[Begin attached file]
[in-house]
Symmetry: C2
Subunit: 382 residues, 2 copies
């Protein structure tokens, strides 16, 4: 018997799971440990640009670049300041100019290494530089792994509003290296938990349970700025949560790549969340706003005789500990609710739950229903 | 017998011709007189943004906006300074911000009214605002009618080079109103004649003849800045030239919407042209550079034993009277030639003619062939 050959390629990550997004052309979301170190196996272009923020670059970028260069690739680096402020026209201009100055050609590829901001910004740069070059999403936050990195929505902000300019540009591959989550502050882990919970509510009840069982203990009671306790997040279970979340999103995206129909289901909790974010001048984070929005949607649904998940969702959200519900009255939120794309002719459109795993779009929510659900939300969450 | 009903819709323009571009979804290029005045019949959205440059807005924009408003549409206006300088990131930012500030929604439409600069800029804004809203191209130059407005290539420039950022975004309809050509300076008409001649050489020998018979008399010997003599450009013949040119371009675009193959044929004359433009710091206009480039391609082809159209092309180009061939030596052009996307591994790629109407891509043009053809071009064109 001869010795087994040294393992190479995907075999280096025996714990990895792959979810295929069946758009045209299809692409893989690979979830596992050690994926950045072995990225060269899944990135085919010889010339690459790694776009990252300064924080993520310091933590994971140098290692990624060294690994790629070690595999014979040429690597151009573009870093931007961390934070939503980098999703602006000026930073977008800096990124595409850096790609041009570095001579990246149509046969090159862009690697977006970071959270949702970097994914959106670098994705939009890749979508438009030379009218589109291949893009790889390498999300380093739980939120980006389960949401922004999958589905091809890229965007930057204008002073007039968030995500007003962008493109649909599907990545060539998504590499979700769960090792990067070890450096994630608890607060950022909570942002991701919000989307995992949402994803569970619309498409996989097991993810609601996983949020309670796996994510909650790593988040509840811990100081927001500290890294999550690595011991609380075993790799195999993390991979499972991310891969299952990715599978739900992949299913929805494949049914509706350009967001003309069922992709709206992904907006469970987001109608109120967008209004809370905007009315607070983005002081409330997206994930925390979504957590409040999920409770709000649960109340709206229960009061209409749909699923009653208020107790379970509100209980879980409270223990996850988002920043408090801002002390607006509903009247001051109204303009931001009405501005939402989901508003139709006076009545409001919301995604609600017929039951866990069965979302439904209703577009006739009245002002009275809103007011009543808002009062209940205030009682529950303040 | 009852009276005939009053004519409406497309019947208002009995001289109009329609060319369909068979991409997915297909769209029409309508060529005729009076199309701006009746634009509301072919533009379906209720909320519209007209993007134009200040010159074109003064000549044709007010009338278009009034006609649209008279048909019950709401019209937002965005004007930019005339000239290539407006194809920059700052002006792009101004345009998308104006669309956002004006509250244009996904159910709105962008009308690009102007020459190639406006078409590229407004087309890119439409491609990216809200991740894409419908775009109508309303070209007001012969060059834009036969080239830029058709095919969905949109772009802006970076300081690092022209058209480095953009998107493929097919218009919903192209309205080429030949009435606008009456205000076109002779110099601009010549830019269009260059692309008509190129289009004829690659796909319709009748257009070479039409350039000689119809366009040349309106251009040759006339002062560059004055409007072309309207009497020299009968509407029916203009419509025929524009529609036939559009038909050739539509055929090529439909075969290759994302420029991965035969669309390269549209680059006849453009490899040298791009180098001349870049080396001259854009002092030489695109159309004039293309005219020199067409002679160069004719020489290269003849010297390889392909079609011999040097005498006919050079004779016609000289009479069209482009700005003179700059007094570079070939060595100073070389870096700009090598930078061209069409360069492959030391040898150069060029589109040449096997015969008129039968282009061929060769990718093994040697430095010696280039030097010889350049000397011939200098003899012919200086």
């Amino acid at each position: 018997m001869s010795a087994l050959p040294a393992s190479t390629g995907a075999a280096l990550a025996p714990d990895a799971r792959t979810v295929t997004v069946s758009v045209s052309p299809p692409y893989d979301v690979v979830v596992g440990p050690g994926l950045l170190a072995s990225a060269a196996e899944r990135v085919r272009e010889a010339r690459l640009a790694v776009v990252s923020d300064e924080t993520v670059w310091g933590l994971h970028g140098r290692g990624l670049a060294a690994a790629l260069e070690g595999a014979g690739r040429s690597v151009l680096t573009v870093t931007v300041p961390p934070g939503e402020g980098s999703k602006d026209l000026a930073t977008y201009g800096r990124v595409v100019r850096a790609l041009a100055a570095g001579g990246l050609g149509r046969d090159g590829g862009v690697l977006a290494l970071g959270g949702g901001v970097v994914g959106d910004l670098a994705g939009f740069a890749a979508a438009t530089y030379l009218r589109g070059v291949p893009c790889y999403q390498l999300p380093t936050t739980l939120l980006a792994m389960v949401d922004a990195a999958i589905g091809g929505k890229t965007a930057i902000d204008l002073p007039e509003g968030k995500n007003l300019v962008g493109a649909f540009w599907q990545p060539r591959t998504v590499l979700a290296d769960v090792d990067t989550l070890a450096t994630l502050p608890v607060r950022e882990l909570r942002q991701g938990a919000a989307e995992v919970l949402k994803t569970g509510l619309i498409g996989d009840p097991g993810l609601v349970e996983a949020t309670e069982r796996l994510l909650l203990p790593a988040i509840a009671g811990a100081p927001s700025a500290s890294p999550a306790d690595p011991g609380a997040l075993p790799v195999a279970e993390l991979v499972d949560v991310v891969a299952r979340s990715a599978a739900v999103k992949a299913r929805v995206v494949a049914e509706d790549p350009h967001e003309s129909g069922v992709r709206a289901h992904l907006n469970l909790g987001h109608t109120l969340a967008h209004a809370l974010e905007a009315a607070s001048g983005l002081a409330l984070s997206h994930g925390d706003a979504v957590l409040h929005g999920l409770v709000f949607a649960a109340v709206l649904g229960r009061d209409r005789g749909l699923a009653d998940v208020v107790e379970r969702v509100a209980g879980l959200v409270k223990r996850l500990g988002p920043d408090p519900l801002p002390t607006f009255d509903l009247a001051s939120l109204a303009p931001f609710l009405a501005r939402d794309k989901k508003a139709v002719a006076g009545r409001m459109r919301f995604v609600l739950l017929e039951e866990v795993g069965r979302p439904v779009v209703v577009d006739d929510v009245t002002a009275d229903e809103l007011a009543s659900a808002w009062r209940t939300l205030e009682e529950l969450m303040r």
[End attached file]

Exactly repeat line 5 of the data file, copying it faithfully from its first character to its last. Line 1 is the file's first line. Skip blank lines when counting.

């Amino acid at each position: 018997m001869s010795a087994l050959p040294a393992s190479t390629g995907a075999a280096l990550a025996p714990d990895a799971r792959t979810v295929t997004v069946s758009v045209s052309p299809p692409y893989d979301v690979v979830v596992g440990p050690g994926l950045l170190a072995s990225a060269a196996e899944r990135v085919r272009e010889a010339r690459l640009a790694v776009v990252s923020d300064e924080t993520v670059w310091g933590l994971h970028g140098r290692g990624l670049a060294a690994a790629l260069e070690g595999a014979g690739r040429s690597v151009l680096t573009v870093t931007v300041p961390p934070g939503e402020g980098s999703k602006d026209l000026a930073t977008y201009g800096r990124v595409v100019r850096a790609l041009a100055a570095g001579g990246l050609g149509r046969d090159g590829g862009v690697l977006a290494l970071g959270g949702g901001v970097v994914g959106d910004l670098a994705g939009f740069a890749a979508a438009t530089y030379l009218r589109g070059v291949p893009c790889y999403q390498l999300p380093t936050t739980l939120l980006a792994m389960v949401d922004a990195a999958i589905g091809g929505k890229t965007a930057i902000d204008l002073p007039e509003g968030k995500n007003l300019v962008g493109a649909f540009w599907q990545p060539r591959t998504v590499l979700a290296d769960v090792d990067t989550l070890a450096t994630l502050p608890v607060r950022e882990l909570r942002q991701g938990a919000a989307e995992v919970l949402k994803t569970g509510l619309i498409g996989d009840p097991g993810l609601v349970e996983a949020t309670e069982r796996l994510l909650l203990p790593a988040i509840a009671g811990a100081p927001s700025a500290s890294p999550a306790d690595p011991g609380a997040l075993p790799v195999a279970e993390l991979v499972d949560v991310v891969a299952r979340s990715a599978a739900v999103k992949a299913r929805v995206v494949a049914e509706d790549p350009h967001e003309s129909g069922v992709r709206a289901h992904l907006n469970l909790g987001h109608t109120l969340a967008h209004a809370l974010e905007a009315a607070s001048g983005l002081a409330l984070s997206h994930g925390d706003a979504v957590l409040h929005g999920l409770v709000f949607a649960a109340v709206l649904g229960r009061d209409r005789g749909l699923a009653d998940v208020v107790e379970r969702v509100a209980g879980l959200v409270k223990r996850l500990g988002p920043d408090p519900l801002p002390t607006f009255d509903l009247a001051s939120l109204a303009p931001f609710l009405a501005r939402d794309k989901k508003a139709v002719a006076g009545r409001m459109r919301f995604v609600l739950l017929e039951e866990v795993g069965r979302p439904v779009v209703v577009d006739d929510v009245t002002a009275d229903e809103l007011a009543s659900a808002w009062r209940t939300l205030e009682e529950l969450m303040r």